BITNET was a non TCP/IP network that connected colleges, universities and labs around the world and ran at the same time as ARPANet (US Military project) and NSFNet (National Science Foundation) (who did run TCP/IP) My entry into BITNET (and internet) was 09/1990. I found a list of the 3173 BITNET nodes connected at that time. I used Google Fusion Tables to geocode (based solely on the original place descriptions in the text file) and made a video of the map. What made BITNET so interesting is that there was a real sense of THIS IS LIVE AND YOU ARE CONNECTED to it. Several of their programs were INSTANT. When you used PHONE, you saw the other person typing and they saw you typing _as you were typing_. It sounds like nothing now but I remember *feeling* that connection, going through down the wires to someone else’s dumb terminal and theirs back to yours. It was a feeling of being a part of very lucky group of people, being allowed to not only catch a glimpse of “what’s possible” but to participate directly in it. It was reaching the end of being “an experiment” and was ready to be unleashed onto the world… but “not yet”. If you ever have had that sensation in your life, it’s amazing. I’ve had it several times with several new technologies or concepts enacted even to this day, and it’s a great feeling. Today’s experiment was to imagine what it would’ve been like to have been able to take those 3000 nodes and plot them on an interactive map so I could really *see* where I was typing to on the planet and watch the data travel. So, this is for you, 1990 Ken. [here’s the map I made if anyone wants to poke around and see who was on BITNET at the time] http://ift.tt/2lB6ZyK

BITNET was a non TCP/IP network that connected colleges, universities and labs around the world and ran at the same time as ARPANet (US Military project) and NSFNet (National Science Foundation) (who did run TCP/IP)

My entry into BITNET (and internet) was 09/1990. I found a list of the 3173 BITNET nodes connected at that time. I used Google Fusion Tables to geocode (based solely on the original place descriptions in the text file) and made a video of the map.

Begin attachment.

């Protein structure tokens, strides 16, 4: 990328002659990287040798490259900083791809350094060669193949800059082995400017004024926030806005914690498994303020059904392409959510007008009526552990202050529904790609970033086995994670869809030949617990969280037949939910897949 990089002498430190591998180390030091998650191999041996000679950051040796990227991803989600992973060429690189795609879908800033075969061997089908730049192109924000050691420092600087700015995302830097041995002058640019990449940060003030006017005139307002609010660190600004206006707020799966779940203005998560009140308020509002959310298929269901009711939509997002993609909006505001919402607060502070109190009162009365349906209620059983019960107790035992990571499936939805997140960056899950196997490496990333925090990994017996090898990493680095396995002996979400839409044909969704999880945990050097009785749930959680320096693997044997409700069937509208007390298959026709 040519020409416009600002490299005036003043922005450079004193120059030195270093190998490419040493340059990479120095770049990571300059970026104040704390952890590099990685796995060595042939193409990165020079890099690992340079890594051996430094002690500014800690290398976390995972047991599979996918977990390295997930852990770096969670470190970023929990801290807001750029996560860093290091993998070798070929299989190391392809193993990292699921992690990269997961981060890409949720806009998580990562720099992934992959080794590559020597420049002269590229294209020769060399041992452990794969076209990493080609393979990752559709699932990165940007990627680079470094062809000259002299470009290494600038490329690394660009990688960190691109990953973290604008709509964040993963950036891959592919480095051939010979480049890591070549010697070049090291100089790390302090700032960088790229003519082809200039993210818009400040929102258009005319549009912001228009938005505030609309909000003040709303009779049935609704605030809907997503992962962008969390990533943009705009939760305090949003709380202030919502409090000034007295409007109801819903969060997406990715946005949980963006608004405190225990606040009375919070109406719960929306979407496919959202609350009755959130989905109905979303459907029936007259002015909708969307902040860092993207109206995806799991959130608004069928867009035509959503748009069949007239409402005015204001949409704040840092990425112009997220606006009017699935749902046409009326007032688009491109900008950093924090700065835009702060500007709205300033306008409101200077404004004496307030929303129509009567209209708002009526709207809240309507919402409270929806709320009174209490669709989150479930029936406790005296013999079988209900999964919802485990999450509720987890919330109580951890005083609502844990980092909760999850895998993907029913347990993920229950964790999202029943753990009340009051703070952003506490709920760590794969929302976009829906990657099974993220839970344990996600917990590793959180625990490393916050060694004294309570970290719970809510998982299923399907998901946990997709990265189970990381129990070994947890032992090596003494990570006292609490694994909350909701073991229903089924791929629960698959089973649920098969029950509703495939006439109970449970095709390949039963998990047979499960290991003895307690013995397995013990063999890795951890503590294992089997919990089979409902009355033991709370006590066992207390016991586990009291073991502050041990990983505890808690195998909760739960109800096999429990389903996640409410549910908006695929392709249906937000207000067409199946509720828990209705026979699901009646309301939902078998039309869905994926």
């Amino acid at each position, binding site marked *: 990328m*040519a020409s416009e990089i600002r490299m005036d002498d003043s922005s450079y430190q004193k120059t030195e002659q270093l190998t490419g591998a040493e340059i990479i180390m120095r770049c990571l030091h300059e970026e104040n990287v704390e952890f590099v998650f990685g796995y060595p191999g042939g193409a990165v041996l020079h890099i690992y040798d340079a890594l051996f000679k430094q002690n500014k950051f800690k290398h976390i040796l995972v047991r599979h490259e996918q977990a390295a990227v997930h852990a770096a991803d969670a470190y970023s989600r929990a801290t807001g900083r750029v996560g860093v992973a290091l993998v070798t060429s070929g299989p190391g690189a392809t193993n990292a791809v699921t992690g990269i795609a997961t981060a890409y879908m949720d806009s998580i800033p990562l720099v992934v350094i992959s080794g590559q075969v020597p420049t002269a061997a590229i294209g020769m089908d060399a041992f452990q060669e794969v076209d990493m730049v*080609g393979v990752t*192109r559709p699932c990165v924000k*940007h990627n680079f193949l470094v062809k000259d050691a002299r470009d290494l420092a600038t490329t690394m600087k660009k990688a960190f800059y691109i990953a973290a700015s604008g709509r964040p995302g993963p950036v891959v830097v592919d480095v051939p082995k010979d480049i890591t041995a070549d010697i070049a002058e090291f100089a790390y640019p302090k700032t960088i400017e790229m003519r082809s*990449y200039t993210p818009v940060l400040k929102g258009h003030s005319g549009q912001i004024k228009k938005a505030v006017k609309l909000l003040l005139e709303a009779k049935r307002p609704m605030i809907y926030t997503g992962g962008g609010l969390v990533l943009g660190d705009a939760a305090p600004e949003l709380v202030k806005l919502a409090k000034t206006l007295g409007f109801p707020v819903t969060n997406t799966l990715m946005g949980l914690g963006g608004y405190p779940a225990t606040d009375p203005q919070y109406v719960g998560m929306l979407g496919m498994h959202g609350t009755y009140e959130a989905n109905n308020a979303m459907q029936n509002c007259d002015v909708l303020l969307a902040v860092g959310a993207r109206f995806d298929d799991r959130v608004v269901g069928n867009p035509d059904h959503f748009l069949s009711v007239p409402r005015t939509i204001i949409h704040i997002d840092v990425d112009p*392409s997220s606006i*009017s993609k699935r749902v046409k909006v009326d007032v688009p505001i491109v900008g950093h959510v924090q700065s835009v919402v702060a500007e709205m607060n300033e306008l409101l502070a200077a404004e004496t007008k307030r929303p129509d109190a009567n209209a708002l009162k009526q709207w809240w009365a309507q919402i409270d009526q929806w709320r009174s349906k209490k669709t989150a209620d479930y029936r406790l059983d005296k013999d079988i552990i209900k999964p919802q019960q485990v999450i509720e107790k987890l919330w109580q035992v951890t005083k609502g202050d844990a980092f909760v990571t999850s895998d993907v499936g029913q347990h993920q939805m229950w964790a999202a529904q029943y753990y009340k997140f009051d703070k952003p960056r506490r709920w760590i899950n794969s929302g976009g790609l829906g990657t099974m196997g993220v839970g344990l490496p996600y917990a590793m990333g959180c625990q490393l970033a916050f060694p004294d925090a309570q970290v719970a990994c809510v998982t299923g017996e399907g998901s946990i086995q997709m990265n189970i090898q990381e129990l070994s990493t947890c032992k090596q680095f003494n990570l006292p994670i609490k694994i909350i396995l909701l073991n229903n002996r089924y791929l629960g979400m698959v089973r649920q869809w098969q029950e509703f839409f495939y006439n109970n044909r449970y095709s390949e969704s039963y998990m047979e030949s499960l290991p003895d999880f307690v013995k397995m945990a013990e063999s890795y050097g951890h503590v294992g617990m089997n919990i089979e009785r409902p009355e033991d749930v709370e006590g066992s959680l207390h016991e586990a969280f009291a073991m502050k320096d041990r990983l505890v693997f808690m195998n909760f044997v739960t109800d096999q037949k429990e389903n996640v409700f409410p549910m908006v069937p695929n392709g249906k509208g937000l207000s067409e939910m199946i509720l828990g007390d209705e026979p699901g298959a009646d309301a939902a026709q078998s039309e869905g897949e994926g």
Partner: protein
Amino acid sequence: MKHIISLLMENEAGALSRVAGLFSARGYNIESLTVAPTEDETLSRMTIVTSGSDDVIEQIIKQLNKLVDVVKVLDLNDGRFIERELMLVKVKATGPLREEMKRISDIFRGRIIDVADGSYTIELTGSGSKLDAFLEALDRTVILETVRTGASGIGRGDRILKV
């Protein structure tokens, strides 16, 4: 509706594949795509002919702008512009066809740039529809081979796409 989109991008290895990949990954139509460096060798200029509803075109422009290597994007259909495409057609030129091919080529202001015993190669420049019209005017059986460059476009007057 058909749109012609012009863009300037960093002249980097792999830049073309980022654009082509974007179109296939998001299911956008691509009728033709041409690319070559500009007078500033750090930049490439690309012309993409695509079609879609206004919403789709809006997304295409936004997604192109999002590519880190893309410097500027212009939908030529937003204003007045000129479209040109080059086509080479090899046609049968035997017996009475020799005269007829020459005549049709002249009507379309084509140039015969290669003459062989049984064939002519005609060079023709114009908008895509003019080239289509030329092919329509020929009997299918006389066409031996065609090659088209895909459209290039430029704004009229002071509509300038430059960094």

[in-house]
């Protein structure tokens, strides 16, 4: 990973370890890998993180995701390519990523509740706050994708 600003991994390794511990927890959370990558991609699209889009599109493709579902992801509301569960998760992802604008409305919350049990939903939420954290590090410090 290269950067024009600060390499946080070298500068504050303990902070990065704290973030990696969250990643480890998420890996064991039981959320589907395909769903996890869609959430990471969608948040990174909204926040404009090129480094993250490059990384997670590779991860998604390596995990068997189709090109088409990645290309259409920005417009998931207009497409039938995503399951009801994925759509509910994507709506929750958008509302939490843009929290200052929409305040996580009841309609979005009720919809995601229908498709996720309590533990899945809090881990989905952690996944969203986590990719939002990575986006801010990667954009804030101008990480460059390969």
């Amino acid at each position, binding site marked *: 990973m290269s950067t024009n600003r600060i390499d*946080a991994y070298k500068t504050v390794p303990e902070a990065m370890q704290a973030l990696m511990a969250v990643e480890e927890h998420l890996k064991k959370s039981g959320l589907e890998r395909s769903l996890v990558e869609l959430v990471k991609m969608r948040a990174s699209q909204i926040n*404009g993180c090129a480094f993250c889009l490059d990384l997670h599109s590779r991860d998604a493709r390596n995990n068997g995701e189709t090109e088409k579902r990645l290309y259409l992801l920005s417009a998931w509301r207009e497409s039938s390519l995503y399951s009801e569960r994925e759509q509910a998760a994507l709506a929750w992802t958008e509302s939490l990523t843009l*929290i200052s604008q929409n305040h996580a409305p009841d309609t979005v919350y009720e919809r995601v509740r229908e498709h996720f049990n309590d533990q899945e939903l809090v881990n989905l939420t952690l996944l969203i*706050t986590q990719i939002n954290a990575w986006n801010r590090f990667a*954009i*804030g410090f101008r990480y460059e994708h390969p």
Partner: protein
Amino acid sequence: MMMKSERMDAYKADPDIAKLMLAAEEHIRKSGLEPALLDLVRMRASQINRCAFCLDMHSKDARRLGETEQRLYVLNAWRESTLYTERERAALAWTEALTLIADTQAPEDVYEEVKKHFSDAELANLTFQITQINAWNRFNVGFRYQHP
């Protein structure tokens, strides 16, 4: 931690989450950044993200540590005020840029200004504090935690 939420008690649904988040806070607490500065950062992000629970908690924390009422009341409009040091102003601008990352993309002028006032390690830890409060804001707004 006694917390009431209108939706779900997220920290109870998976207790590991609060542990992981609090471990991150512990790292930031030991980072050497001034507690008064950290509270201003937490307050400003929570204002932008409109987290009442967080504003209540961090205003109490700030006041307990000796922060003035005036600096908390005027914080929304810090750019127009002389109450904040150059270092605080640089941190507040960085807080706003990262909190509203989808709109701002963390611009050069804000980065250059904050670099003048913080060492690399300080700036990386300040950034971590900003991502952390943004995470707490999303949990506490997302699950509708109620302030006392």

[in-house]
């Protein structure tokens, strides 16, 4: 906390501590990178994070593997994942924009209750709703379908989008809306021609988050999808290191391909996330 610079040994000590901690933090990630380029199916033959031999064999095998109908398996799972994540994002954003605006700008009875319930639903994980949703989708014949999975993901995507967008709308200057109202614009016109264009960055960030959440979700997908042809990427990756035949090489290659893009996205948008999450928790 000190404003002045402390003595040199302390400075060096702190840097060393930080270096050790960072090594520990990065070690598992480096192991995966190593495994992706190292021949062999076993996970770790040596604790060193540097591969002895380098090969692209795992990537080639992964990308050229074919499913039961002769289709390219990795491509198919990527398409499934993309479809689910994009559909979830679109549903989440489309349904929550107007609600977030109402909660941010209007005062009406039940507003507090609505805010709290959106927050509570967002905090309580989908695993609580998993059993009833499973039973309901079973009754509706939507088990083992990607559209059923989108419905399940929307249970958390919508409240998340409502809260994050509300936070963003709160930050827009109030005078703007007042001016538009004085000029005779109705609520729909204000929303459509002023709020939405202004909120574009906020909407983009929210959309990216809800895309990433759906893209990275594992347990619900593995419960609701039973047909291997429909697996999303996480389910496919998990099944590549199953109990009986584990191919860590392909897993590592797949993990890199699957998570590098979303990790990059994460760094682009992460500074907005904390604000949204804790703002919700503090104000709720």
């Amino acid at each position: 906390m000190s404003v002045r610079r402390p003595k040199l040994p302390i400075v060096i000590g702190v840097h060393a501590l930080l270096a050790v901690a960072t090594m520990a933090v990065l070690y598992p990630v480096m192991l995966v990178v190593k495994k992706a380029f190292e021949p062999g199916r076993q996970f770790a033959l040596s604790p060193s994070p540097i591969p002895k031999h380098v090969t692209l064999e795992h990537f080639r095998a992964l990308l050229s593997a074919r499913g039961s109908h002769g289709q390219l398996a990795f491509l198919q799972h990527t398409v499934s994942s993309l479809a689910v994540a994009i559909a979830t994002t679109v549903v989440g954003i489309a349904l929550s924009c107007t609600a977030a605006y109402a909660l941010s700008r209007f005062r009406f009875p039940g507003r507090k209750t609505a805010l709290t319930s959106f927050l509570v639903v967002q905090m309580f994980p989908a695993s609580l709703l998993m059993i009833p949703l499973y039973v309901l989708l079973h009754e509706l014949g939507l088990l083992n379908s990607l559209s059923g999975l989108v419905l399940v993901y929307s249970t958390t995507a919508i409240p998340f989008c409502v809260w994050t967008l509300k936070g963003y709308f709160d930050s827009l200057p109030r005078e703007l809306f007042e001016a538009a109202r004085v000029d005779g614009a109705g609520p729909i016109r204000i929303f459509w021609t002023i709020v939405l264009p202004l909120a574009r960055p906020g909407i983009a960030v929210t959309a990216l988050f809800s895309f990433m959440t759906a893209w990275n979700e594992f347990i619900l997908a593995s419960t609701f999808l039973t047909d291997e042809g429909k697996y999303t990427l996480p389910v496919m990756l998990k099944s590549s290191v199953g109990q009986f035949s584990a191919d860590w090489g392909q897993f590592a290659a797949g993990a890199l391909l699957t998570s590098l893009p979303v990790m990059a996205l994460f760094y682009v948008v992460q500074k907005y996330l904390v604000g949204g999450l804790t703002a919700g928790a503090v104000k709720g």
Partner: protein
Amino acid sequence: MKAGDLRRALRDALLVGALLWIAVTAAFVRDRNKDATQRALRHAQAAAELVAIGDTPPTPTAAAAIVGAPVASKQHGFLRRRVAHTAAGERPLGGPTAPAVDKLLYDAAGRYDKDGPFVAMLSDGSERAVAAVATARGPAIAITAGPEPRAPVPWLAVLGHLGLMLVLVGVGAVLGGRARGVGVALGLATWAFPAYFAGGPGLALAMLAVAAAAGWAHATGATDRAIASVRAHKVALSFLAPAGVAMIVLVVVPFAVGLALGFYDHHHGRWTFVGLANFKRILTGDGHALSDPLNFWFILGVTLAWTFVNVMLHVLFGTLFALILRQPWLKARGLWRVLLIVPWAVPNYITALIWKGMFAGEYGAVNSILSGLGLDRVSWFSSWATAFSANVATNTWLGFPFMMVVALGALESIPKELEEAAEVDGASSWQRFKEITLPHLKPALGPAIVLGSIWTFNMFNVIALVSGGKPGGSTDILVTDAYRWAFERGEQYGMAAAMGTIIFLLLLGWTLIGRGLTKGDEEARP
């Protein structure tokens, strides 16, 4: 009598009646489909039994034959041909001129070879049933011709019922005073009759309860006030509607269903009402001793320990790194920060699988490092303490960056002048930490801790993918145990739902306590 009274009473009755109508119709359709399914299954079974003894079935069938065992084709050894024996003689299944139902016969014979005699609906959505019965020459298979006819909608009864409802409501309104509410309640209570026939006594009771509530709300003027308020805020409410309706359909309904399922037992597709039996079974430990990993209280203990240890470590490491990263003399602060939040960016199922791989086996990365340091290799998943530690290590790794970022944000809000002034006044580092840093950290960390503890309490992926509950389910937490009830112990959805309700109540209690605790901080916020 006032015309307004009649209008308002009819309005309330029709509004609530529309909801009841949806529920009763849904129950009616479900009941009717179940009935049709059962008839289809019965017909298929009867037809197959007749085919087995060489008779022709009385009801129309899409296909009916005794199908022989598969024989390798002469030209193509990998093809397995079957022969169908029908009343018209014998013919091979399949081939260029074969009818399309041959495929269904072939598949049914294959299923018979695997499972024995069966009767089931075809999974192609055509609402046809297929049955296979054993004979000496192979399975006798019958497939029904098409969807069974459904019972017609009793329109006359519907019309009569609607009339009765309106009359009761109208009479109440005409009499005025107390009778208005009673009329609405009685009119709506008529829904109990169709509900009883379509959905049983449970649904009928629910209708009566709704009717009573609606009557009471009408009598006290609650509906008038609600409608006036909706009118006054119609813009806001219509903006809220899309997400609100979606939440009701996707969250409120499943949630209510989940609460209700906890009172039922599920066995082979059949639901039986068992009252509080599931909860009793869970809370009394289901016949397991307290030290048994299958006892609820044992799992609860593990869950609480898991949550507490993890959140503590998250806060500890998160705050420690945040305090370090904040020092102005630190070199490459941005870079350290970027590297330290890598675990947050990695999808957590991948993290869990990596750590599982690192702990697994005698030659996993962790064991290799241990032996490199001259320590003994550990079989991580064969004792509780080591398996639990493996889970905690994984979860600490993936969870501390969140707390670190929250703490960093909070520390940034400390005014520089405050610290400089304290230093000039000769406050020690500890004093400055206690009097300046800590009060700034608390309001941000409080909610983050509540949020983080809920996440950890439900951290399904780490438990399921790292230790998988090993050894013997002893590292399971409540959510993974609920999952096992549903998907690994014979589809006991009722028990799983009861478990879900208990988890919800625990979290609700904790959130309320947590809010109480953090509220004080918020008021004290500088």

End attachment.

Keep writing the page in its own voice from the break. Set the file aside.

What made BITNET so interesting is that there was a real sense of THIS IS LIVE AND YOU ARE CONNECTED to it. Several of their programs were INSTANT. When you used PHONE, you saw the other person typing and they saw you typing _as you were typing_. It sounds like nothing now but I remember *feeling* that connection, going through down the wires to someone else’s dumb terminal and theirs back to yours.

It was a feeling of being a part of very lucky group of people, being allowed to not only catch a glimpse of “what’s possible” but to participate directly in it. It was reaching the end of being “an experiment” and was ready to be unleashed onto the world… but “not yet”.

If you ever have had that sensation in your life, it’s amazing. I’ve had it several times with several new technologies or concepts enacted even to this day, and it’s a great feeling.

Today’s experiment was to imagine what it would’ve been like to have been able to take those 3000 nodes and plot them on an interactive map so I could really *see* where I was typing to on the planet and watch the data travel.

So, this is for you, 1990 Ken.

[here’s the map I made if anyone wants to poke around and see who was on BITNET at the time]

http://ift.tt/2lB6ZyK

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